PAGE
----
Hard to Love
Addressing Sexuality in Long-Term Care: A Person-centered Approach to Intimacy and Dementia

by Wendy Boren, BS, RN
QIPMO, Clinical Consultant/Educator

In 2004, Nicholas Sparks shocked the world with his movie The Notebook, a cinematic portrayal of love and Alzheimer’s. Until that time, families and caregivers tended to view any type of dementia with a clinical kind of sigh and despondency. But within the love story of Allie and Noah, we find the range of human emotions that still exist as Allie copes with her memory loss and her emotional and physical attraction to the man currently in her life (who turns out, of course, to be her Noah.) Roach (2004) states that “sexual sensations are among the last of the pleasure-giving processes to deteriorate”.(1) Added to that, every person with or without dementia, is an individual. Therefore, why would we, as caregivers, create a blanket rule and take away arguably the strongest, most primal emotion to be experienced by anyone, particularly those who no longer have the stress of paying bills, fighting political adversity, and time management? If you think about it, sex and intimacy is a huge part of taking those normal stressors away. Imagine how much more sensational, literally, it would be when that is your sole focus.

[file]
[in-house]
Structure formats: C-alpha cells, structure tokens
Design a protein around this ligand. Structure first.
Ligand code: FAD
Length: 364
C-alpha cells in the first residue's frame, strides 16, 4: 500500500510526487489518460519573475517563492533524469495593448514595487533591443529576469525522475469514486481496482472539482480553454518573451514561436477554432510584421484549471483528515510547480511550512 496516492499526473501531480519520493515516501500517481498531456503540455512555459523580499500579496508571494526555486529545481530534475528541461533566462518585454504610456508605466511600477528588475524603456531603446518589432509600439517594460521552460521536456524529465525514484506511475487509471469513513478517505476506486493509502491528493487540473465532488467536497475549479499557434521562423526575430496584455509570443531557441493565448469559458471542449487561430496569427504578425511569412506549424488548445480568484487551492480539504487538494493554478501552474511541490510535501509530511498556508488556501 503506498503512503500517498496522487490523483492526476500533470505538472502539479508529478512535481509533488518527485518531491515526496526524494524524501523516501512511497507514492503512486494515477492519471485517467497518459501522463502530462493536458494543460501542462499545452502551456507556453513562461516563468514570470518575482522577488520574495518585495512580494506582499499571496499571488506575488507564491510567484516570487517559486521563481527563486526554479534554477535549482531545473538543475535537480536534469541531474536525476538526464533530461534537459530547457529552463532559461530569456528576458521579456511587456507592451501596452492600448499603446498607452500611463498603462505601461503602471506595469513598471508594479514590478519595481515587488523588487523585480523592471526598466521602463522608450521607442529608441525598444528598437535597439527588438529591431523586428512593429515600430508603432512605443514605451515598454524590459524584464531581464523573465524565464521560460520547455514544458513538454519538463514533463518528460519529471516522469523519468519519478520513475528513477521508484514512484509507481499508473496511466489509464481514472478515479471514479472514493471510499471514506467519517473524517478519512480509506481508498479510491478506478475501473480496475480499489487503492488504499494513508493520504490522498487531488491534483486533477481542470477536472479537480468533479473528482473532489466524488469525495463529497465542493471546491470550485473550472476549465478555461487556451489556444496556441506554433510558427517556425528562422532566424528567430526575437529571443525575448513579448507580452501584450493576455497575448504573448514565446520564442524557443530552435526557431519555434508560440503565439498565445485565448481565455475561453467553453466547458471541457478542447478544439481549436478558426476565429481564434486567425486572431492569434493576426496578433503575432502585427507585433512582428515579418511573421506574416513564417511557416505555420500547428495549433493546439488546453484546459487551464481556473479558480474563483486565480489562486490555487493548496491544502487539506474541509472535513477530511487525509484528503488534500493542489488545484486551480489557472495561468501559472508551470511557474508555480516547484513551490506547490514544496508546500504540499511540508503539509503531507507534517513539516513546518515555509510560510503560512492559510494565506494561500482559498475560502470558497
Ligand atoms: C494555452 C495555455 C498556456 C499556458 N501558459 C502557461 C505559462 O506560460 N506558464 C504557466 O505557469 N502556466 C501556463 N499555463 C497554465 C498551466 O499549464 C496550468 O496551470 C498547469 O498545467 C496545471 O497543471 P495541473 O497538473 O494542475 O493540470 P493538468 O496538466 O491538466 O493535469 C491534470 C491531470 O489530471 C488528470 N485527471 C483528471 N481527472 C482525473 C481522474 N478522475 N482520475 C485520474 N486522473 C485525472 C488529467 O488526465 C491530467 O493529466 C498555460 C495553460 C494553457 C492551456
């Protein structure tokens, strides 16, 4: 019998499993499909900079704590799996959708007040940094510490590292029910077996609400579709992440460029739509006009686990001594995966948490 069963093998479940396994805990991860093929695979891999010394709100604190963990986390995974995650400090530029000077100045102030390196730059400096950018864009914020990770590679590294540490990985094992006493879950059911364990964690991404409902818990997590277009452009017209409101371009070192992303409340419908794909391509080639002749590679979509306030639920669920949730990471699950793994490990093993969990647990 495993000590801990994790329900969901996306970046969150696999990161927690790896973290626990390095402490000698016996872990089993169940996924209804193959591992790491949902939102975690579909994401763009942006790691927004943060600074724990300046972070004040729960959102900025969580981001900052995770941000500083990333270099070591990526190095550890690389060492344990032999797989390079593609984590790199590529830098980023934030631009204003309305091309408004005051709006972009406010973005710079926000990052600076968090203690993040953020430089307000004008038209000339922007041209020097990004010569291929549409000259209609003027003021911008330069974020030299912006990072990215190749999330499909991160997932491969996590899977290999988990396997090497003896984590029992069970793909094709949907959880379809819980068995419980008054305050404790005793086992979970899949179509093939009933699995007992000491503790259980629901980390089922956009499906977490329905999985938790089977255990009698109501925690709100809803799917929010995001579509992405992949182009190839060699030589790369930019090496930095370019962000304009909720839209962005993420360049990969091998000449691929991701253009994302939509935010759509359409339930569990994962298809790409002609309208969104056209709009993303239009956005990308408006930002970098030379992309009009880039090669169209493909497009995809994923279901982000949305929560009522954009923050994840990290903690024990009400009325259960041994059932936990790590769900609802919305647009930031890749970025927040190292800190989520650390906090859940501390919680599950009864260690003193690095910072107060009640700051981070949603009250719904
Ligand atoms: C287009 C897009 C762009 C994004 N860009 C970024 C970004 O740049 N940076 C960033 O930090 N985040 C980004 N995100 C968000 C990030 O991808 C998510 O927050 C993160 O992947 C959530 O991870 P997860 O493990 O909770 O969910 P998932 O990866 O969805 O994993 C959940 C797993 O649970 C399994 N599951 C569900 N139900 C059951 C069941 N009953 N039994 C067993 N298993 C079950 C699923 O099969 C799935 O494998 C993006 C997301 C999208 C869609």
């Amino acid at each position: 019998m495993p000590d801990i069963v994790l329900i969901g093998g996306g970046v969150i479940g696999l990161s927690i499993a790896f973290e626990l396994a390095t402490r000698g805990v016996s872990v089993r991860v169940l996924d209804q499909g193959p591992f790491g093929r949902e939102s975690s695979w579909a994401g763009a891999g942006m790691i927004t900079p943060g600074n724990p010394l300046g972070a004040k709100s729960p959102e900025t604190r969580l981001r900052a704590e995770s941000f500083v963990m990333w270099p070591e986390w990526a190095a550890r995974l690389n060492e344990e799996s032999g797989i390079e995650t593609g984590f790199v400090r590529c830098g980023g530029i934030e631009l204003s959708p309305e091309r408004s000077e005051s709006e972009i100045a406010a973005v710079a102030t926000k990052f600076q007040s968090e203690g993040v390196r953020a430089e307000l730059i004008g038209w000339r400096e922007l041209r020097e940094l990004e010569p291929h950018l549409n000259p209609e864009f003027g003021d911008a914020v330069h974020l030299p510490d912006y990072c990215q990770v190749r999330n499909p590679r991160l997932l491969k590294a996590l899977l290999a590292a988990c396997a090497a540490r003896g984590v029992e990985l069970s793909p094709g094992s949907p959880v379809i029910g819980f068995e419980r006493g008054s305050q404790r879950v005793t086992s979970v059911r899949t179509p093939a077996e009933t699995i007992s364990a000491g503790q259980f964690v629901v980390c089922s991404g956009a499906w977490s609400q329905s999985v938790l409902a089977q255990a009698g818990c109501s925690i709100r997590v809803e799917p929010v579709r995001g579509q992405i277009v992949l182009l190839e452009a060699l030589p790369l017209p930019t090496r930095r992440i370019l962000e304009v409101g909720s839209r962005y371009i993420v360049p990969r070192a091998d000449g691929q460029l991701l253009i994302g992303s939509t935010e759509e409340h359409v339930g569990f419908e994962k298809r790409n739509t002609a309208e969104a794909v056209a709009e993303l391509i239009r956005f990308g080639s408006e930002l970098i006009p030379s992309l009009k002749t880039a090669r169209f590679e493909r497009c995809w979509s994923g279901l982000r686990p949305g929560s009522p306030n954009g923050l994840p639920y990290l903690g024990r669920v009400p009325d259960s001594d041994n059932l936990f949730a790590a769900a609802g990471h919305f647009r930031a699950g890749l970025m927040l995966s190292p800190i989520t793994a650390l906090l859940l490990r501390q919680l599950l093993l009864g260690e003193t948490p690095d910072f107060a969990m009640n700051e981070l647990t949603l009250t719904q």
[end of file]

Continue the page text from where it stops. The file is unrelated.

The full article can be found HERE!